ML08:2023 Model Skewing


Model skewing attacks occur when an attacker manipulates the distribution of the training data to cause the model to behave in an undesirable way.

How to Prevent

Implement robust access controls: Ensure that only authorized personnel have access to the MLOps system and its feedback loops, and that all activities are logged and audited.

Verify the authenticity of feedback data: Use techniques such as digital signatures and checksums to verify that the feedback data received by the system is genuine, and reject any data that does not match the expected format.

Use data validation and cleaning techniques: Clean and validate the feedback data before using it to update the training data, to minimize the risk of incorrect or malicious data being used.

Implement anomaly detection: Use techniques such as statistical and machine learning-based methods to detect and alert on anomalies in the feedback data, which could indicate an attack.

Regularly monitor the model’s performance: Continuously monitor the performance of the model, and compare its predictions with actual outcomes to detect any deviation or skewing.

Continuously train the model: Regularly retrain the model using updated and verified training data, to ensure that it continues to reflect the latest information and trends.

Risk Factors

Threat Agents/Attack Vectors Security Weakness Impact
Exploitability: 5 (Easy)

ML Application Specific: 4
The attacker has a clear understanding of the machine learning project and its vulnerabilities.

ML Operations Specific: 3
Manipulation of the training data requires knowledge of the machine learning process.
Detectability: 2 (Difficult)

The model skewing might not be easily noticeable during the testing phase.
Technical: 5 (Difficult)

Manipulation of the training data is a technically complex task.
Threat Actors: Malicious actors or a third-party with a vested interest in manipulating the outcomes of a model. Inability of the model to accurately reflect the underlying distribution of the training data.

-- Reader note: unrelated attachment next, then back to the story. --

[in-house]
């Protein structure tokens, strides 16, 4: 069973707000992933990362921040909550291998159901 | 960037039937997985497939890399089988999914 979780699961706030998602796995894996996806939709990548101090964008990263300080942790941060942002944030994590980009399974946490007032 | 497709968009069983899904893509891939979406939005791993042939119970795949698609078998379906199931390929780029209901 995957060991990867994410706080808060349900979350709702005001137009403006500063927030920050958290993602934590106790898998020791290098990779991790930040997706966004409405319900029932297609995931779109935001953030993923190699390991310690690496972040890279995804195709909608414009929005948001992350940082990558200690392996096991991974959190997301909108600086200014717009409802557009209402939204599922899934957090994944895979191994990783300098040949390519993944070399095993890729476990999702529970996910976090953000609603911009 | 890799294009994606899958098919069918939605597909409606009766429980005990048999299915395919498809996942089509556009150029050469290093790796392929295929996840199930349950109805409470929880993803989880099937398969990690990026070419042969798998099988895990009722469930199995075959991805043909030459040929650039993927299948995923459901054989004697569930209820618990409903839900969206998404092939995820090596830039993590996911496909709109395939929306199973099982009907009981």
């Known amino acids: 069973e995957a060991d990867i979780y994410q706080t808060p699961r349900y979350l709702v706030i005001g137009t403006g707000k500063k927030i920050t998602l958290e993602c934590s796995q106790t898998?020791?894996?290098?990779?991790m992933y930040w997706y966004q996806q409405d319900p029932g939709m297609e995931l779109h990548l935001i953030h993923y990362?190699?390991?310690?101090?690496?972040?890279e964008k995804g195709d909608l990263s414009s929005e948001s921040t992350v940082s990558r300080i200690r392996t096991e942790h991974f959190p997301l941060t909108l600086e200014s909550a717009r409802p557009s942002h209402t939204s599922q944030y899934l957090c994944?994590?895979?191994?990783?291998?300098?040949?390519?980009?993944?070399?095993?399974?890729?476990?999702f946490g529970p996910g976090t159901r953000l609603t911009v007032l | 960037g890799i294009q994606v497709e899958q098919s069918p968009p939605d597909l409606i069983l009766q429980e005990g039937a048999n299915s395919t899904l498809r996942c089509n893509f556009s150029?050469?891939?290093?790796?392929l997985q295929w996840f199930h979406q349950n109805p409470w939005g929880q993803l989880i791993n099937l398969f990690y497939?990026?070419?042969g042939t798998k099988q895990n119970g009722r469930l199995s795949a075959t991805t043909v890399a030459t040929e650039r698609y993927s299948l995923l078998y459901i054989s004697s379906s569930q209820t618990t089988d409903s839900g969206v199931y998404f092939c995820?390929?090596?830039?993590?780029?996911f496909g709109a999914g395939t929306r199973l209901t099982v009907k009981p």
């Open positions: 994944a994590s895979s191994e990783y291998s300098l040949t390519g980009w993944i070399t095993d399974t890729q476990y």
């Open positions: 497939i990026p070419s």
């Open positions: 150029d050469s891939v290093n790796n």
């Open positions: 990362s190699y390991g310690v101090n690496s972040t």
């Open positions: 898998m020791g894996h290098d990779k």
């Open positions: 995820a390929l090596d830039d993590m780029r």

This can occur due to factors such as data bias, incorrect sampling of the data, or manipulation of the data or training process by an attacker.
Significant risk which can lead to incorrect decisions being made based on the output of the model.
This can result in financial loss, damage to reputation, and even harm to individuals if the model is being used for critical applications such as medical diagnosis or criminal justice.

It is important to note that this chart is only a sample based on the scenario below only. The actual risk assessment will depend on the specific circumstances of each machine learning system.

Example Attack Scenarios

Scenario #1: Financial gain through model skewing

A financial institution is using a machine learning model to predict the creditworthiness of loan applicants, and the model’s predictions are integrated into their loan approval process. An attacker wants to increase their chances of getting a loan approved, so they manipulate the feedback loop in the MLOps system. The attacker provides fake feedback data to the system, indicating that high-risk applicants have been approved for loans in the past, and this feedback is used to update the model’s training data. As a result, the model’s predictions are skewed towards low-risk applicants, and the attacker’s chances of getting a loan approved are significantly increased.

This type of attack can compromise the accuracy and fairness of the model, leading to unintended consequences and potential harm to the financial institution and its customers.